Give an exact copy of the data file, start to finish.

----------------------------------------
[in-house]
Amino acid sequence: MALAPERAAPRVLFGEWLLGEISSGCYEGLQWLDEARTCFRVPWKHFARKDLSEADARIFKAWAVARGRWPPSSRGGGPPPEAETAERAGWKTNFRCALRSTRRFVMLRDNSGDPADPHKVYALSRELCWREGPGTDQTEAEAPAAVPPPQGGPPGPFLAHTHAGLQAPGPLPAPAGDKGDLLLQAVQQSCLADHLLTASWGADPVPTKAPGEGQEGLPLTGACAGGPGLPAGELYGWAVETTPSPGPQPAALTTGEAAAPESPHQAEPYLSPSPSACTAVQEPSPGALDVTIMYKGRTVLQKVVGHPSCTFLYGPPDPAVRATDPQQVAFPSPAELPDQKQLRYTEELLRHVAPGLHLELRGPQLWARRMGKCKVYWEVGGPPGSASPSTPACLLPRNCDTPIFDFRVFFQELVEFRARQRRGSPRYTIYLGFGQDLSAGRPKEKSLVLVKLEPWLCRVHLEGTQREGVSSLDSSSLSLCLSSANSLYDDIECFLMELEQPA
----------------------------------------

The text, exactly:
[in-house]
Amino acid sequence: MALAPERAAPRVLFGEWLLGEISSGCYEGLQWLDEARTCFRVPWKHFARKDLSEADARIFKAWAVARGRWPPSSRGGGPPPEAETAERAGWKTNFRCALRSTRRFVMLRDNSGDPADPHKVYALSRELCWREGPGTDQTEAEAPAAVPPPQGGPPGPFLAHTHAGLQAPGPLPAPAGDKGDLLLQAVQQSCLADHLLTASWGADPVPTKAPGEGQEGLPLTGACAGGPGLPAGELYGWAVETTPSPGPQPAALTTGEAAAPESPHQAEPYLSPSPSACTAVQEPSPGALDVTIMYKGRTVLQKVVGHPSCTFLYGPPDPAVRATDPQQVAFPSPAELPDQKQLRYTEELLRHVAPGLHLELRGPQLWARRMGKCKVYWEVGGPPGSASPSTPACLLPRNCDTPIFDFRVFFQELVEFRARQRRGSPRYTIYLGFGQDLSAGRPKEKSLVLVKLEPWLCRVHLEGTQREGVSSLDSSSLSLCLSSANSLYDDIECFLMELEQPA